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Bazooka Anti-Tank Rocket Launcher

Edward G. Uhl died on 09 May 2010 in Easton, MD at age 92. His death was reported 16 May 2010. Uhl helped invent the bazooka, the devastatingly effective weapon used against German tanks during World War II. The idea of using small rockets on the battlefield had been demonstrated by Robert Goddard in 1918. The idea of using a shaped charge warhead to defeat armored vehicles had been demonstrated by several inventors, including the Swiss inventor Henry Hans Mohaupt. Uhl's contribution was to launch a rocket, with a shaped charge warhead, from a long tube that provided accurate guidance at long range.

The most popular antitank weapon introduced during World War II was the 2.36-inch rocket-firing Bazooka. For the first time, this enabled the foot soldier to combat a tank single-handedly. The bazooka was so called because of its resemblance to a musical instrument improvised by a popular radio comedian of the time. It was a 54-inch steel tube of 2.36-inch diameter, designed to be operated by two men. It was open at both ends and, by means of hand grips, a trigger and a simple sight, enabled the infantryman to launch anti-tank rockets.

Gen. Dwight D. Eisenhower is said to have once identified the Bazooka as one of four things that won World War II for the allies. The others were the C-47, Jeep and Atom Bomb. The Bazooka Rocket Launcher was called by the Chief of Ordnance in 1943 the "most impressive small arms development of the year."

There were three recognized progenitors of our modern space age. The first was a Russian, Konstantin Ziolkovsky, whose proposal for spaceships was published in 1903. Dr. Robert Hutchings Goddard followed with the classic, "A Method of Reaching Extreme Altitudes," in 1919. Then, in 1923, the German, Dr. Hermann Oberth, published his study, "The Rocket into Interplanetary space." Goddard was the only one to personally put his theory into practice, starting about 1914 when he was a physics instructor at Clark University in Worcester, Massachusetts. During World War I, one of Goddard's developments was the prototype of the World War II bazooka.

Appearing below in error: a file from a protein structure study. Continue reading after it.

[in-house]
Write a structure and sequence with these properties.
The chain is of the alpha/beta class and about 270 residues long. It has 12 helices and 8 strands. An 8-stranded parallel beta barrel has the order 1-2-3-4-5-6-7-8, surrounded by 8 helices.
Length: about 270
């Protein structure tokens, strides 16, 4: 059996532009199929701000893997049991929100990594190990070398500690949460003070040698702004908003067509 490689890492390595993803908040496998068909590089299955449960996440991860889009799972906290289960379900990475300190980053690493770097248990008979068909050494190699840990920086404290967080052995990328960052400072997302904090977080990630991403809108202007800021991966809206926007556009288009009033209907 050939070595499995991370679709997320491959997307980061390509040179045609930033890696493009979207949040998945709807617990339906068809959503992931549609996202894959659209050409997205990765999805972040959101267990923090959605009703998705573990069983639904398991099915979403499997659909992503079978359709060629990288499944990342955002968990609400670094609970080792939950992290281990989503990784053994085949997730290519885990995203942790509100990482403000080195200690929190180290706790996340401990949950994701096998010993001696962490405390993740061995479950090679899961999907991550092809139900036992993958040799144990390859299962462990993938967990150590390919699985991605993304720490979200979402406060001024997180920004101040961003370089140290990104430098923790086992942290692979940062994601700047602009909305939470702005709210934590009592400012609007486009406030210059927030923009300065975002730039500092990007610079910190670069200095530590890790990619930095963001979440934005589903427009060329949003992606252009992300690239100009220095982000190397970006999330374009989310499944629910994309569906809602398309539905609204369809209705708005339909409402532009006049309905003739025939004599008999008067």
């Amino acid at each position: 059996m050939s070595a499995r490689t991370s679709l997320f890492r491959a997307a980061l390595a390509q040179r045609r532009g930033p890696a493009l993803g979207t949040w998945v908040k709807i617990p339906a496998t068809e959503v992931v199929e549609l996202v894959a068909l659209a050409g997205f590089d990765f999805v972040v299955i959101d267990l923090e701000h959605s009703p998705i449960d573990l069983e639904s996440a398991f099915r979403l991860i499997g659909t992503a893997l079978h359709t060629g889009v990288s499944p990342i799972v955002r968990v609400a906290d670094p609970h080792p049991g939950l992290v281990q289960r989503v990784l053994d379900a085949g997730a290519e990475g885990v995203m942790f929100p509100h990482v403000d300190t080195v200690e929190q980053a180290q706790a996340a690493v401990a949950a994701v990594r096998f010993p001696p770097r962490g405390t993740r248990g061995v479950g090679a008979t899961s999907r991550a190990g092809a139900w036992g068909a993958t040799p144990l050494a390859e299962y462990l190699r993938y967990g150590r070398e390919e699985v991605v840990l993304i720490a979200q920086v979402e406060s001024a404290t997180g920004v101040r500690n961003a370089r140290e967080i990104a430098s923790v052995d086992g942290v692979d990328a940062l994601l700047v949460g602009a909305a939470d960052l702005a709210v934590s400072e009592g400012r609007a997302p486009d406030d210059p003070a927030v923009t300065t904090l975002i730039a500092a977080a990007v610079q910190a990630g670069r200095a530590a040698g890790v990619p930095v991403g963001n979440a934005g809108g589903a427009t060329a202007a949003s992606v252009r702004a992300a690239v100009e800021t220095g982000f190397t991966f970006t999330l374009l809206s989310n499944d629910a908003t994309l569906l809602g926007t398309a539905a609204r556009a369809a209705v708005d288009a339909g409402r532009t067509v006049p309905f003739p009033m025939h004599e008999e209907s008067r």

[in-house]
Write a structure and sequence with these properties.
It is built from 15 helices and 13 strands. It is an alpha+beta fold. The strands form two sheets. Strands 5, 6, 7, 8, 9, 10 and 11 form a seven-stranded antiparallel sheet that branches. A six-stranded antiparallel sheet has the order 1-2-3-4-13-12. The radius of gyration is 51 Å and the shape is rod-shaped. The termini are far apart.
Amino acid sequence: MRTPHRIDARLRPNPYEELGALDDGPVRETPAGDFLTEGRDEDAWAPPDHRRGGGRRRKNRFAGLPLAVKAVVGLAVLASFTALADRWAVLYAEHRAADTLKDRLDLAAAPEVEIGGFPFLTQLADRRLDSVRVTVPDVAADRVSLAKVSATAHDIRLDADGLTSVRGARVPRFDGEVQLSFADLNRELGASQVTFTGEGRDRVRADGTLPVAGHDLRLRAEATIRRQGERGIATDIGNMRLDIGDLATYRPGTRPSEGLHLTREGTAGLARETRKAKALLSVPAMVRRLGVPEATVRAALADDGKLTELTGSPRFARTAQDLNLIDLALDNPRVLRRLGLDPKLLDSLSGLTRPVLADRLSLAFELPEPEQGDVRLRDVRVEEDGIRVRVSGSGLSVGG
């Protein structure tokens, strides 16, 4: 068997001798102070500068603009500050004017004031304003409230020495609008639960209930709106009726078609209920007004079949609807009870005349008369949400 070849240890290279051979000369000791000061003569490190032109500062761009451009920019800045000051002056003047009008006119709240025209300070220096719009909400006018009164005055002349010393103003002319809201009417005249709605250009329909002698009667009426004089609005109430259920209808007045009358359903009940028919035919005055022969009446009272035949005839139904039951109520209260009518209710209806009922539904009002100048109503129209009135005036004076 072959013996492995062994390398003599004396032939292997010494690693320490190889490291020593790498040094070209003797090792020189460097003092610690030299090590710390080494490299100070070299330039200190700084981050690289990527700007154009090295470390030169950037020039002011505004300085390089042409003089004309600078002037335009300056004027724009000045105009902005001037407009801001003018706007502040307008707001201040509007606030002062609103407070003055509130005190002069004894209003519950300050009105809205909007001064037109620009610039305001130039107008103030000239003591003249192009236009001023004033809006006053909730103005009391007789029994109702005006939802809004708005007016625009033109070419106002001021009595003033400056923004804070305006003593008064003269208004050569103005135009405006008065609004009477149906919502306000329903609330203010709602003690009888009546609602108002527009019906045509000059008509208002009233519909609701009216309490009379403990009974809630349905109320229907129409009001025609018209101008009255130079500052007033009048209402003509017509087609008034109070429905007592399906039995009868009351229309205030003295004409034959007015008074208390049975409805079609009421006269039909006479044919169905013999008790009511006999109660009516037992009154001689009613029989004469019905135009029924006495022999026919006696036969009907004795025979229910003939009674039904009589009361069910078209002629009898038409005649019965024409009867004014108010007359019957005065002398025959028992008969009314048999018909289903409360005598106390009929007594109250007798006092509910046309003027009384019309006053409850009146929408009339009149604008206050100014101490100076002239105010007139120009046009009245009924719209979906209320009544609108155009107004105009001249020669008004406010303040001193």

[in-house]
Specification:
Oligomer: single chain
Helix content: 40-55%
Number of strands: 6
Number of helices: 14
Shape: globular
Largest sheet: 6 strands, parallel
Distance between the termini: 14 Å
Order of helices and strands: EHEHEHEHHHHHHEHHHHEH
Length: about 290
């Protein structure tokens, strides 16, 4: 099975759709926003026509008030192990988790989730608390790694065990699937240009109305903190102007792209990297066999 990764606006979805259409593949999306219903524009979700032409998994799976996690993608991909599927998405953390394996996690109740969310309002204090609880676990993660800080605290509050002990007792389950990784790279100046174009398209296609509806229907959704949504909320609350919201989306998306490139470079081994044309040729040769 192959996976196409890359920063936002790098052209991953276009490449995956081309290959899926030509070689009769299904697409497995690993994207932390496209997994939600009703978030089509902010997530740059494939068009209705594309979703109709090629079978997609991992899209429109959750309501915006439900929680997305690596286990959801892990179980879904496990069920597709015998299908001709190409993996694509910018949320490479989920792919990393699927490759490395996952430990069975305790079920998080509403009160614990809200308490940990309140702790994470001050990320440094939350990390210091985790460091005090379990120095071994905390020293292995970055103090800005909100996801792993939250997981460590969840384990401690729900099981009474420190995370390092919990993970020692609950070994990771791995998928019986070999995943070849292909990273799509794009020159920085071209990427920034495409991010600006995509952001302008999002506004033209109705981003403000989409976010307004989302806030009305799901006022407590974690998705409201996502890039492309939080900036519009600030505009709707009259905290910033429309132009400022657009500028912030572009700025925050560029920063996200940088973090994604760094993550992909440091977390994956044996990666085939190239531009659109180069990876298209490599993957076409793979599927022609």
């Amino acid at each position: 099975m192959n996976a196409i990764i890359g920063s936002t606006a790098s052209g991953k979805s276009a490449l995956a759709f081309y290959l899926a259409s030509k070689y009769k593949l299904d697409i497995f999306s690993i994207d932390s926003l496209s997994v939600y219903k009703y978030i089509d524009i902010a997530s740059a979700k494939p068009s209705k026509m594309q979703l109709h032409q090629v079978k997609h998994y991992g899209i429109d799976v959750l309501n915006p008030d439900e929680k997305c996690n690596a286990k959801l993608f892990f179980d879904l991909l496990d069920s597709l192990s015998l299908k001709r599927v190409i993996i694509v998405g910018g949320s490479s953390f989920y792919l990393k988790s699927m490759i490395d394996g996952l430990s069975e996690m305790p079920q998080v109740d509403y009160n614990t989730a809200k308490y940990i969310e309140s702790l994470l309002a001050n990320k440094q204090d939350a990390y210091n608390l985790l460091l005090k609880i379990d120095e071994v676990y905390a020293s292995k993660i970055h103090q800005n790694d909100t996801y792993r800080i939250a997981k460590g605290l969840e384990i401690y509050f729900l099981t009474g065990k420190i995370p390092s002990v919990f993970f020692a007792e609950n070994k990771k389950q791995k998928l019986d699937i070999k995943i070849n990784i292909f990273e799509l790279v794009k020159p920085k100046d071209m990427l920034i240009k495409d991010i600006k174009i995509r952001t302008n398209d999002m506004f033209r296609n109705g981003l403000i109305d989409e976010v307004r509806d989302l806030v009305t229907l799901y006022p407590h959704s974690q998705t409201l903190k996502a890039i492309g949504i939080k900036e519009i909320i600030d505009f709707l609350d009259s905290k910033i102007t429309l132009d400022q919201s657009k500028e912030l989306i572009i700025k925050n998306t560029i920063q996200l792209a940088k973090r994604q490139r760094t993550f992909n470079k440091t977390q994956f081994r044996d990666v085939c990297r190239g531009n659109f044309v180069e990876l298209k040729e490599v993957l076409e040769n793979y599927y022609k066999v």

Goddard started working with rockets in 1915 when he tested solid fueled models. In 1917 when the US entered World War I, he worked on perfecting rockets as weapons. A rocket uses gas pressure from rapidlyburning material (propellant) to propel a payload (warhead) to adesired location. Rockets can range from 1 (3.8 cm) to more than 15 in (38.1 cm) in diameter, and can vary from 1 ft (.3 m) to over 9 ft (2.8 m) in length. All rockets consist of a warhead section and a motor section. Rockets are unguided after launch and are stabilized during flight by fins attached to the motor section or by canted nozzles built into the base of the motor section.

Goddard developed and demonstrated the basic idea of the "bazooka" two days before the Armistice in 1918 at the Aberdeen Proving Ground, Maryland. One of his designs was a tube launched, recoilless missile, 18 inches long and one inch in diameter. His launching platform was a music rack. Dr. Clarence N. Hickman, a young Ph.D. from Clark University, worked with Goddard in 1918 provided continuity to the research that produced the World War II bazooka. After the Armistice the Army's interest in Goddard's work languished, but it never altogether died.

Military interest in antitank weapons lagged with the signing of the Armistice in November 1918 and was destined to remain so for over 20 years. Meanwhile, armor improvements proceeded so rapidly that available anti-tank weapons were soon found lacking i n both penetration and range. At the outbreak of World War II, the Germans, whose tanks of the previous war were failures, possessed vast numbers of improved tanks with which they overran Poland in 1939 and northern France in 1940. The startingly new tactical use of tanks in these blitzkriegs demanded a complete reconsideration of defensive measures, particularly of antitank weapons for the infantry.